Risk Factors for Drinking among HIV-Positive African American Adults: The Depression–Gender Interaction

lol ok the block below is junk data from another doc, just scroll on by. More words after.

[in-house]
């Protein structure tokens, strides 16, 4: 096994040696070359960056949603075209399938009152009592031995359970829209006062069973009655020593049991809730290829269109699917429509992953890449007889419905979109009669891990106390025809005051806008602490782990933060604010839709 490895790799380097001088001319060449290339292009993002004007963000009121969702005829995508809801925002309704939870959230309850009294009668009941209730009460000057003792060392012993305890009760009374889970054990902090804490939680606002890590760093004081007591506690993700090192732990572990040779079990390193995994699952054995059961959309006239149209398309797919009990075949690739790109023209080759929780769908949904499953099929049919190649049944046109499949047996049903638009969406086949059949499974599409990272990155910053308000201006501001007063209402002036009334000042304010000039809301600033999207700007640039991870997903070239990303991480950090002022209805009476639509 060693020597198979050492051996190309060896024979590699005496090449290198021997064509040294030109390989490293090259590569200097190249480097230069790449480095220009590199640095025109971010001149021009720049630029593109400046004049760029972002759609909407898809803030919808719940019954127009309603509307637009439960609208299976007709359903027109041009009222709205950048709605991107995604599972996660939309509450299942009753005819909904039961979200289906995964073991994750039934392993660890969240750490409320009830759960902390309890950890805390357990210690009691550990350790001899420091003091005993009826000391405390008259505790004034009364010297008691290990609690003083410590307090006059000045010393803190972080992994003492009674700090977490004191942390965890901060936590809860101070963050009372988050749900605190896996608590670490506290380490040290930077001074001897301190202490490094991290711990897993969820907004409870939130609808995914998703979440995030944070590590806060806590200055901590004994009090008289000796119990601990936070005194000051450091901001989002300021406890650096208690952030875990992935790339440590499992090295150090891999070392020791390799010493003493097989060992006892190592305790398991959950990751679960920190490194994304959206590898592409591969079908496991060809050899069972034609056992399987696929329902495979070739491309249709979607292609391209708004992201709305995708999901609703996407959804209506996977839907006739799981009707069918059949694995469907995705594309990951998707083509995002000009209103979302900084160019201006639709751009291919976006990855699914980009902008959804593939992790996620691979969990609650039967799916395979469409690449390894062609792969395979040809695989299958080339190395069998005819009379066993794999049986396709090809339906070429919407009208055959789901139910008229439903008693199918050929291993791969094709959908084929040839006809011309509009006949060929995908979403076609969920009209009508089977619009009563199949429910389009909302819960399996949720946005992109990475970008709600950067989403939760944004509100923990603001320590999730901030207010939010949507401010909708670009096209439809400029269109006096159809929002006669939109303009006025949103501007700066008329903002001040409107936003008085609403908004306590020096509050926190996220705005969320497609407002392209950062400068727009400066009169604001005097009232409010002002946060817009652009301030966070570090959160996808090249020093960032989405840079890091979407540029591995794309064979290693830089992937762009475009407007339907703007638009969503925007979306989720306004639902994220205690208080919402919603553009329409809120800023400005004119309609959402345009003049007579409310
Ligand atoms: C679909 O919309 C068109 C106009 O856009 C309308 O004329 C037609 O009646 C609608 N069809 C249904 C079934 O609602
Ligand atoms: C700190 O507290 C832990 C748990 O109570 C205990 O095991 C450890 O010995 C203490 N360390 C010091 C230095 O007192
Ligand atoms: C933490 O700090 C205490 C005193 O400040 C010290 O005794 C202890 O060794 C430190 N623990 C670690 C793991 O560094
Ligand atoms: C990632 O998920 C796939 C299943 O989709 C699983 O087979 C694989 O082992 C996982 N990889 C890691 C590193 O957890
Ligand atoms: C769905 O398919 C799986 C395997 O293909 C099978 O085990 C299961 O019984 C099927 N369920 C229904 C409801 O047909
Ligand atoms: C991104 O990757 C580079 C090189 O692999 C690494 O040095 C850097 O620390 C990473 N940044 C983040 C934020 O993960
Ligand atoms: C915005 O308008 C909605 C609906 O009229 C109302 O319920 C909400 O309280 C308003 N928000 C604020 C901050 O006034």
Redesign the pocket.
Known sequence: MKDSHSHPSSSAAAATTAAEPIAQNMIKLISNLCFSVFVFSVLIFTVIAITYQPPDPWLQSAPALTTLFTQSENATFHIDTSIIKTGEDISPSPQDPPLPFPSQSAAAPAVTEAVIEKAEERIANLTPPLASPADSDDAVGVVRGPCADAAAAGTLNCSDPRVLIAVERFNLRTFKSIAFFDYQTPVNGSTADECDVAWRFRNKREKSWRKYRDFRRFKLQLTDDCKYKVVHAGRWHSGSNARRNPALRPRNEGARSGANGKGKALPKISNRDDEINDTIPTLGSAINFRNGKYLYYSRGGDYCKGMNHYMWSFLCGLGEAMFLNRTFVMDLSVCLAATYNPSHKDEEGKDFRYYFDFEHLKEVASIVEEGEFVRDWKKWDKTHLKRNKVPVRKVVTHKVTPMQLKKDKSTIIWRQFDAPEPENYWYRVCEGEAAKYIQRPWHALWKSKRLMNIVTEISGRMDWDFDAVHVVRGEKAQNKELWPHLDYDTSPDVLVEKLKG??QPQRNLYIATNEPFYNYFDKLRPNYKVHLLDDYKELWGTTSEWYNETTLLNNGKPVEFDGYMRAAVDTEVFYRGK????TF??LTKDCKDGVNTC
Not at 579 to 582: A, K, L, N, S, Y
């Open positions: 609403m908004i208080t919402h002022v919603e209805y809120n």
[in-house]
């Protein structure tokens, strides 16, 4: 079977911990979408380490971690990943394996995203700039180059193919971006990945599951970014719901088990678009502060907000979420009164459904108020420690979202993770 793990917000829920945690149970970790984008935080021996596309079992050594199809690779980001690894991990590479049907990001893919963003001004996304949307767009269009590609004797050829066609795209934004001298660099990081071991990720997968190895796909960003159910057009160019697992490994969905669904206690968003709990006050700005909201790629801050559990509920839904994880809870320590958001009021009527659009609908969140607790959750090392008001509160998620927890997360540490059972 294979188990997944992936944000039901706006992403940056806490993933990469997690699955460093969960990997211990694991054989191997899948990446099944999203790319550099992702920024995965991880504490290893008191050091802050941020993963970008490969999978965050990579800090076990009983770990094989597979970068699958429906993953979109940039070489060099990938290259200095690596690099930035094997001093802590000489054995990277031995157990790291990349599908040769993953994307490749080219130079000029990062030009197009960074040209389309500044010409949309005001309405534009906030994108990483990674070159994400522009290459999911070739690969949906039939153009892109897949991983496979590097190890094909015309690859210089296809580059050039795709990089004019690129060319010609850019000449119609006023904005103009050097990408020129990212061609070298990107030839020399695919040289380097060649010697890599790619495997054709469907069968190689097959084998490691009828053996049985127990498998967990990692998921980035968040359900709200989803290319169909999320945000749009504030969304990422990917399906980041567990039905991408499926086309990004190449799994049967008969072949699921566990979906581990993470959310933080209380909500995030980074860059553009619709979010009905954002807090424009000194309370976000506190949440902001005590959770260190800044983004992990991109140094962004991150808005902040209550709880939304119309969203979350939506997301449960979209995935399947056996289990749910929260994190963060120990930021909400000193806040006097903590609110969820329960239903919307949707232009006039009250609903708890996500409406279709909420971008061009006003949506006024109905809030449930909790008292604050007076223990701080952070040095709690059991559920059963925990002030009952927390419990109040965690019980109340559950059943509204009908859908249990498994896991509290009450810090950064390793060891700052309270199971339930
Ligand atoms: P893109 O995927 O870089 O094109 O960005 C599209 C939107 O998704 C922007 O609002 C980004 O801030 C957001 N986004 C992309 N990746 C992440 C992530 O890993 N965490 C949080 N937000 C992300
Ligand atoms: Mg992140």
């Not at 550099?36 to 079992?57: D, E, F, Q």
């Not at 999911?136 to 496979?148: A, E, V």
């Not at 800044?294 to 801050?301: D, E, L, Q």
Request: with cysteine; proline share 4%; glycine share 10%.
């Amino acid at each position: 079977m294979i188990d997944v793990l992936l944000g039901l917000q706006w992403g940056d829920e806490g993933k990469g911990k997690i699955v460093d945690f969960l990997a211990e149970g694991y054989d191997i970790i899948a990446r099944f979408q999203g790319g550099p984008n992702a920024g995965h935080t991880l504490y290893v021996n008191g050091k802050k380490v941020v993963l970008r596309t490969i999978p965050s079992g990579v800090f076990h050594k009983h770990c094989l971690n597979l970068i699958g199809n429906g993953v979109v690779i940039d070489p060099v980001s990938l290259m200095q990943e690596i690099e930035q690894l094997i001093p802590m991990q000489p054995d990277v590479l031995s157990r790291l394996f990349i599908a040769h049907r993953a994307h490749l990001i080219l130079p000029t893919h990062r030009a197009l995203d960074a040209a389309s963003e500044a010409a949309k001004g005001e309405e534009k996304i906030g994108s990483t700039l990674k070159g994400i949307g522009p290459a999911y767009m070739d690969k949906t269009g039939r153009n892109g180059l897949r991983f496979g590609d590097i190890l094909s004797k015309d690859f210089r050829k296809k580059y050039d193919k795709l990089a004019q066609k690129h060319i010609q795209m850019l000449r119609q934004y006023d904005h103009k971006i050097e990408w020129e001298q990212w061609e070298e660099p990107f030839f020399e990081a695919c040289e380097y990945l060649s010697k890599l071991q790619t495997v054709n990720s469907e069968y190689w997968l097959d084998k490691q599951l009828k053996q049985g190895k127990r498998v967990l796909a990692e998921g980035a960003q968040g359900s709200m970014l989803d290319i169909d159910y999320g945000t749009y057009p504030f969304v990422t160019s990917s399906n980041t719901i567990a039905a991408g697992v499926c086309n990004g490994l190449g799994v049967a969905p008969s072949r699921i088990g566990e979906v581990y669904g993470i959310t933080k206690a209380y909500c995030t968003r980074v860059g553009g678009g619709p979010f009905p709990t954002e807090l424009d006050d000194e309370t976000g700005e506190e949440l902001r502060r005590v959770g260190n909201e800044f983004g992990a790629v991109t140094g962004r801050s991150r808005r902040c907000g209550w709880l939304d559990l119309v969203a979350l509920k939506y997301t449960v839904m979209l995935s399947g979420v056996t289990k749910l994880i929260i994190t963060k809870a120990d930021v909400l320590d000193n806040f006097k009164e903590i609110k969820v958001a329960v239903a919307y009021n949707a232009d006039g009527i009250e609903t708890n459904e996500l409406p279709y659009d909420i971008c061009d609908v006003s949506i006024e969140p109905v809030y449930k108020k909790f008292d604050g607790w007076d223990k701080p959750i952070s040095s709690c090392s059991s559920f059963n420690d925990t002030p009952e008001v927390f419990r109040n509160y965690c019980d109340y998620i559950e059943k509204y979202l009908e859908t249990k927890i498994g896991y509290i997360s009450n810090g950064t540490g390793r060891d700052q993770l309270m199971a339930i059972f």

AbstractBackground: Alcohol misuse disproportionately affects people living with HIV. People who struggle with alcohol are also likely to be concurrently struggling with depression. Although there is evidence linking depression to HIV, depression to alcohol, and alcohol to HIV, there is limited research that simultaneously examines the interlocking associations between all three factors. Objective: To investigate the interaction between depression symptomatology and gender on alcohol misuse, while controlling for motivation to reduce drinking, among HIV-positive African Americans. This population was examined because of their increased for developing alcohol dependence. Methods: Data analysis was conducted on baseline survey data of HIV-positive African American adults ( N == 88) who drink and were enrolled in the Project PLUS (Positive Living through Understanding and Support) intervention to examine the correlates (i.e., gender, motivation, depression) of drinking in the past 30 days. Results: Hierarchical linear regression analysis showed a significant interaction between gender and depression to predict total drinks reported ( R 2 == .56, p < .001). While depression was the sole predictor of drinking for men and suppressed the role of motivation, the reverse was true for women; depression was not a significant predictor after controlling for motivation to reduce drinking. Conclusion: African American men and women living with HIV have different risk factors for recent drinking. Scientific significance: Understanding the link between depression, gender, and motivation to reduce drinking for HIV-positive adults with alcohol problems is crucial for the development of gender and culturally relevant treatments.